The new flat icon for opening Files looks like something that Microsoft would do. I hope OpenSuSE isn’t following in Microsoft’s footsteps. Computers have been using 3-d icons for years and years. There’s not valid reason to go back to windows 3.1 graphics.
I’m using Gnome. I’m referring to the icon for the shortcut that opens the Files application. It used to look like a file cabinet with a couple drawers. At first look I didn’t realize what the new icon represented.
For ages we used horse and carriage for transport. We don’t anymore. Same goes for design insights. They change. And the change to a more Material look, i.e. flat, no 3-D has for example resulted in improvement for people with bad eyesight, colorblind people. The arguing “have been for years …” doesn’t count. We are not going back to handwriting on animal skin products, not even to printing everything in books.
I agree with your statements. A simple explanation that the “new” appearance is for sight impaired people would have been enough. But, since you brought it up, allow me to restate a point. Up until Windows 95, icons were flat 2-D objects. Then, along came 3-D and a lot of hype was made of it. Now, Microsoft is back to 2-D graphics and it appears that this will be the way of OpenSuSE Leap. So, from an end user perspective it really does look like we are going back to the horse and carriage.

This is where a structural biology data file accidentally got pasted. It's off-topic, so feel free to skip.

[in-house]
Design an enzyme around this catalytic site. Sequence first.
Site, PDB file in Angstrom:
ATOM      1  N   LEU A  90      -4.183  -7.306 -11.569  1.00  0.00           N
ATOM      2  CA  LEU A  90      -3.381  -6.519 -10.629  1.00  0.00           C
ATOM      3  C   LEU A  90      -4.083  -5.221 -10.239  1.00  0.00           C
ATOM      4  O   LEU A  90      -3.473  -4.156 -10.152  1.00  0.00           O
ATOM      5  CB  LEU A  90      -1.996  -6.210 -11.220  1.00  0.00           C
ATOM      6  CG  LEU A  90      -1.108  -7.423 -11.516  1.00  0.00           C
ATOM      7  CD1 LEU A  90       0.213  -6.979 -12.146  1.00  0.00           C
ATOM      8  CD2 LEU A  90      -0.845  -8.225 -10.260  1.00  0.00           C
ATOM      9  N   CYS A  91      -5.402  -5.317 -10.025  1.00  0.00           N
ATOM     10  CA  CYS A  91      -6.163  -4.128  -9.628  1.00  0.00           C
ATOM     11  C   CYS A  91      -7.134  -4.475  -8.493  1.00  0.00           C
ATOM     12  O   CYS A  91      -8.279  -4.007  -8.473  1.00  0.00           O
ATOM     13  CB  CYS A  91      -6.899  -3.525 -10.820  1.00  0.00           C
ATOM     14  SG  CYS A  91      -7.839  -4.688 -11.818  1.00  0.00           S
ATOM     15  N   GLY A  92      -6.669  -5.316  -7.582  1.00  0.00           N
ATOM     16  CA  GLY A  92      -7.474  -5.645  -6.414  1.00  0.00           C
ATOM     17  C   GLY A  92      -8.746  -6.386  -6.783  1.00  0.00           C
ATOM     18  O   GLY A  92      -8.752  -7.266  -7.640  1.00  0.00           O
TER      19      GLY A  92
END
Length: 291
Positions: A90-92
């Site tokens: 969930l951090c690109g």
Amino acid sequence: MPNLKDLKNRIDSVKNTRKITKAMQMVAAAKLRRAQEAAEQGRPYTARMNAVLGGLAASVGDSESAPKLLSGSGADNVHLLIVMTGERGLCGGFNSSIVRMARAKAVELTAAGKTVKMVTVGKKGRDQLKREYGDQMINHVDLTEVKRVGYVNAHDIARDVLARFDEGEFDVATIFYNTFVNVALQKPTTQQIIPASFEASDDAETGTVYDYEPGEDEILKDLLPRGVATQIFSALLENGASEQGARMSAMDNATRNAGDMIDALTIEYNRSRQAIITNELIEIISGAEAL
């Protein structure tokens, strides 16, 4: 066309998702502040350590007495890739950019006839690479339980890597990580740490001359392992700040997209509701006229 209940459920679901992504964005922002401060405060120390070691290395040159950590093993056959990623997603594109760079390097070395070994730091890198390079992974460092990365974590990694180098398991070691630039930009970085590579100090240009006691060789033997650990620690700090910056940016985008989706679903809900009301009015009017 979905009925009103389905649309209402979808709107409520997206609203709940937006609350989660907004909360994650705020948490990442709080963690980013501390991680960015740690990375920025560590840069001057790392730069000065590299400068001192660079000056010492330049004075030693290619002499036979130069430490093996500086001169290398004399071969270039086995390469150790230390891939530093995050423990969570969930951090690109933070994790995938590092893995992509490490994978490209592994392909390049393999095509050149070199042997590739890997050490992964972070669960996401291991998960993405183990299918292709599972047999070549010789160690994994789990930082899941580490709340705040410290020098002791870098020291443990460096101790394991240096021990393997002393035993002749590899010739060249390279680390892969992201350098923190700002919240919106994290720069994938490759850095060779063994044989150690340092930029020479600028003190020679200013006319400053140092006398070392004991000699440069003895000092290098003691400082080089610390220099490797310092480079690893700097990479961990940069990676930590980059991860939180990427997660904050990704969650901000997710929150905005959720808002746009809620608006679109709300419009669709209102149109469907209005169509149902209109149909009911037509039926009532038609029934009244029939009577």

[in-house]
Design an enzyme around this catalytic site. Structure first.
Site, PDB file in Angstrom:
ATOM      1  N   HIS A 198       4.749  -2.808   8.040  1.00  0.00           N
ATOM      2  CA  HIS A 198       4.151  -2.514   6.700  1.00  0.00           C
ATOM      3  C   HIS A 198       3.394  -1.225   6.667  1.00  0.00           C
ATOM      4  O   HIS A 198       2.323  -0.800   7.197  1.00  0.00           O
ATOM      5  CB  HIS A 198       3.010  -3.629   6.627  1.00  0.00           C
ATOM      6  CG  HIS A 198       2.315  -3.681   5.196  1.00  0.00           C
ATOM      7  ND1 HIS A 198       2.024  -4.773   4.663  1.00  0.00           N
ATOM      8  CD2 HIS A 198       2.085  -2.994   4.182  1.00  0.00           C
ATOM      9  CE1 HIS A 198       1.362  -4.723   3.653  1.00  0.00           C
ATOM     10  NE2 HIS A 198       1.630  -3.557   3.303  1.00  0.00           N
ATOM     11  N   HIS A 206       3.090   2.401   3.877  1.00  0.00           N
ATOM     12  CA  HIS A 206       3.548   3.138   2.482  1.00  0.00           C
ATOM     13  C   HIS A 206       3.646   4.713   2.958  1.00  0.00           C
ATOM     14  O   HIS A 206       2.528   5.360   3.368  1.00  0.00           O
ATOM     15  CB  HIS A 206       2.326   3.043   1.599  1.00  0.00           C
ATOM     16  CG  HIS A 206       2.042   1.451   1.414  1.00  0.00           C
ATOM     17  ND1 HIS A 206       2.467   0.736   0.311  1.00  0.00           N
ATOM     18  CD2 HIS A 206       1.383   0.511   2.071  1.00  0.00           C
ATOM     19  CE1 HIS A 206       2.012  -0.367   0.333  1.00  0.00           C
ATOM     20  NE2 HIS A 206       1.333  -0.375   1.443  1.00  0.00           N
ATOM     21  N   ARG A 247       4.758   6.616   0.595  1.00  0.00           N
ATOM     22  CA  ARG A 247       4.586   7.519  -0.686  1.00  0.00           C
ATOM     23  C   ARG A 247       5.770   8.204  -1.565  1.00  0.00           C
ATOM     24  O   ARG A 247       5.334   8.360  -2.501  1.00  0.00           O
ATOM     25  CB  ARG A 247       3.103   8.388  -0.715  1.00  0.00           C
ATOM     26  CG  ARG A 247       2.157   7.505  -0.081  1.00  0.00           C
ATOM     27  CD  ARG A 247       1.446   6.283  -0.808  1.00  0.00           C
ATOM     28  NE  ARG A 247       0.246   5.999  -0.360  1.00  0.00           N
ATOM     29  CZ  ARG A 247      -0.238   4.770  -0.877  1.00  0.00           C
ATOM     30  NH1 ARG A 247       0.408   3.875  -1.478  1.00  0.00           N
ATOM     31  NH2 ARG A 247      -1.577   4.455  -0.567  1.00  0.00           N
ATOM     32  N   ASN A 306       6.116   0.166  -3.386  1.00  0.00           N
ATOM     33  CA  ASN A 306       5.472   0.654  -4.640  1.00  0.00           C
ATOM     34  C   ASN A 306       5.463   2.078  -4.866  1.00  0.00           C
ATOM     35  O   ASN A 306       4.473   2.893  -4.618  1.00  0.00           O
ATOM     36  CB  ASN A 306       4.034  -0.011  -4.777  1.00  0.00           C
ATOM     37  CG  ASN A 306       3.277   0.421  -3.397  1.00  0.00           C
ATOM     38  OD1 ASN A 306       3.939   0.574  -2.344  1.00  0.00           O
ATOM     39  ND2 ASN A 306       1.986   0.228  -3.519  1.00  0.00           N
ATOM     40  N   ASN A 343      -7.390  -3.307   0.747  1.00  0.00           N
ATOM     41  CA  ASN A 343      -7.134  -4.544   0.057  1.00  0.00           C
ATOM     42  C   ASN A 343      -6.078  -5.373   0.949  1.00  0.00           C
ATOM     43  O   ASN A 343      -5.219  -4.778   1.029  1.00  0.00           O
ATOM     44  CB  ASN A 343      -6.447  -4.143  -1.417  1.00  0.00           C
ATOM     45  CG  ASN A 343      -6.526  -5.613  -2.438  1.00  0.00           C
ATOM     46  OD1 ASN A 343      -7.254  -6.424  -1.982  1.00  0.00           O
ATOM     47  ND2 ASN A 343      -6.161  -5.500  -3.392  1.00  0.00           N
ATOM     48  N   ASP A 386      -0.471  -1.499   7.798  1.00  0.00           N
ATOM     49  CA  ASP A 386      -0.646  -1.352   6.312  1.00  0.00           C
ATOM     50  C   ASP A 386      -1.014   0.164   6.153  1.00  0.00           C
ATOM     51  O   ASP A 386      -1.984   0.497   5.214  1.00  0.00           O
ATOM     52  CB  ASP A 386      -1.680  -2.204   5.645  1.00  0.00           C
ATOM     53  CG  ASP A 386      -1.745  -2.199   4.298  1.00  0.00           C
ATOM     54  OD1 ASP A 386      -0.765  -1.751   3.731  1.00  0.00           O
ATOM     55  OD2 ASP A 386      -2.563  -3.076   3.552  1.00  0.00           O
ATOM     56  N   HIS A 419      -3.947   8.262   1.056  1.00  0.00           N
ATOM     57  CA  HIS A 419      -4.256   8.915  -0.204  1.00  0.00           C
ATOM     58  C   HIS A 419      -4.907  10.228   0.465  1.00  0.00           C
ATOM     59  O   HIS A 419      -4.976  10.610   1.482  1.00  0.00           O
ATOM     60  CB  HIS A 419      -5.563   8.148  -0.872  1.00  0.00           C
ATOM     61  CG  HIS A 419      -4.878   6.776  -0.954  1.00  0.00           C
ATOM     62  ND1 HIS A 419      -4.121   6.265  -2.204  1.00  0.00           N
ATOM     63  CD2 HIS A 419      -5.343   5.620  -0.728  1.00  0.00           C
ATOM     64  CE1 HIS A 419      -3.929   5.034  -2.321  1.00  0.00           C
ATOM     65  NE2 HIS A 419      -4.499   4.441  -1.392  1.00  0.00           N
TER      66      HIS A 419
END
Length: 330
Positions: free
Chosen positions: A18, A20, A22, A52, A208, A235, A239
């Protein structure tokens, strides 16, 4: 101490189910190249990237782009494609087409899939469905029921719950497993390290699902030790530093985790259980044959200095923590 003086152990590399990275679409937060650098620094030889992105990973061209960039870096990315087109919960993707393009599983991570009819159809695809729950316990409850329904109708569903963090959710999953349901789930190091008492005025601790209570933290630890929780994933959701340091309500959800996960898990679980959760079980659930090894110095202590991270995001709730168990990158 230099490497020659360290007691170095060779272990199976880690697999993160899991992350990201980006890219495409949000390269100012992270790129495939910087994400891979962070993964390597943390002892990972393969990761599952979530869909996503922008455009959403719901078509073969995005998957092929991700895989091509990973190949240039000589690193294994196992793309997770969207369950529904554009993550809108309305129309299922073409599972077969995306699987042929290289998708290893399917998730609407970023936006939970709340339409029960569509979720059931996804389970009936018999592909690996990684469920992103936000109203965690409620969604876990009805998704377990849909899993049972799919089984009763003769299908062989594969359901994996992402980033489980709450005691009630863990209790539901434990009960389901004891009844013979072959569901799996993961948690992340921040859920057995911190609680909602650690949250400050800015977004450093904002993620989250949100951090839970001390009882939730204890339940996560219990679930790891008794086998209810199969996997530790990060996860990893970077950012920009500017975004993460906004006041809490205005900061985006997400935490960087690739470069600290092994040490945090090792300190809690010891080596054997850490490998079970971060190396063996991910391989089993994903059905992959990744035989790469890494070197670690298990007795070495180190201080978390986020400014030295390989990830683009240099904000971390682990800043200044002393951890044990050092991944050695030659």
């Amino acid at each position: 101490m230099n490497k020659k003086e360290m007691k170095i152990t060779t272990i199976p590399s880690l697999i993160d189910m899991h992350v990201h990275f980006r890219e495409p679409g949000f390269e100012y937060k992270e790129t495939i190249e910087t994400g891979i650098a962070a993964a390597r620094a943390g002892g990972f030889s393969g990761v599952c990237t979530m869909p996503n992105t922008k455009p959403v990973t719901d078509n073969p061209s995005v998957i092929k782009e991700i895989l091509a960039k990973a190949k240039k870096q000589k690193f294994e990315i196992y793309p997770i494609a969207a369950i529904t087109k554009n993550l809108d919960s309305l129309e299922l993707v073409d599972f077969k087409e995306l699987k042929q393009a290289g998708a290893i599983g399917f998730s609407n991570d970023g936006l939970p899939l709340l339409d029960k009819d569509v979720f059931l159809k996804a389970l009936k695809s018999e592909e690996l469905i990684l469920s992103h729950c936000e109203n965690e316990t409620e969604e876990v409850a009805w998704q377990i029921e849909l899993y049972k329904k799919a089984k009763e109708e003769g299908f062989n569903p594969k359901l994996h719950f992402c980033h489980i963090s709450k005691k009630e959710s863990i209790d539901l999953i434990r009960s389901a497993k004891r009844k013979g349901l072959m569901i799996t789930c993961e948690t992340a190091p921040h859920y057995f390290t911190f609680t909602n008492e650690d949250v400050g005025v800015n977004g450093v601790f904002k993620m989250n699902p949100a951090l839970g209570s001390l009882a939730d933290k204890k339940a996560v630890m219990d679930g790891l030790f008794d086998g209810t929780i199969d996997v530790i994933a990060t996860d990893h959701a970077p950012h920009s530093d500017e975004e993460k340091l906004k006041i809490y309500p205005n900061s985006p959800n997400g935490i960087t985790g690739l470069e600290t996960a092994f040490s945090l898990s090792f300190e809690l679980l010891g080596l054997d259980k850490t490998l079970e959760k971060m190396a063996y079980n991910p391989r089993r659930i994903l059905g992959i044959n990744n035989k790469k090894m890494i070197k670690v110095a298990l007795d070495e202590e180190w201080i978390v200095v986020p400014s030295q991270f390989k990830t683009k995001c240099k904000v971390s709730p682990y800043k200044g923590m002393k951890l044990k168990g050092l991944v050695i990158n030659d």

You’ll find plenty posted online over the past decade (Yes, it’s been discussed that long) by GUI Developers.
The standard reason given for “flat, 2D” icon images is that the image can be used in different resolution displays, particularly if the roadmap includes eventually evolving into a “universal desktop” that is used on a multitude of devices from large screens to tiny displays in phones (particularly lower resolution displays of yesterday). Te 3D types of images with shading becomes muddied at low resolutions and tiny screens.
Over the years, the idea of a universal Desktop which would require icons that would be acceptable on all devices has had a spotty record.
Ubuntu of course was a major practitioner until it junked its Unity Desktop.
You know that it’s one of the least popular features of Win8 and later, the use of tiles with flat graphics.
The simple solution of course is what Malcolm suggests… choose a different Theme.
And it’s precisely this ability to use different themes that a universal Desktop may never actually become reality unless someone dreams up something new that never existed before.
Ignoring the hype, I use KDE Plasma with the Oxygen Theme because, it looks just (3-D) fine …
And yes, I’m “anti-Breeze” …
[HR][/HR]I must admit however, when Oxygen ceased being the “KDE flavour of the month”, unfortunately, it wasn’t being maintained for a while – the artist moved within Europe to more a more lucrative city – but, after a while, and with some pushing, support for Oxygen reappeared …
[HR][/HR]So, “to 3-D or, not to 3-D – that is the question” …
IMHO, attempting to “please all of the people all of the time
” is doomed to failure – as Abraham Lincoln pointed out more than a few years ago. - I, personally, would be happy with “2-D on pocket sized devices” «such as mobile telephones
» and “3-D on modern workplace displays” «more than 27 inches diagonal and rather more resolution than 1920x1080 pixels and, curved … »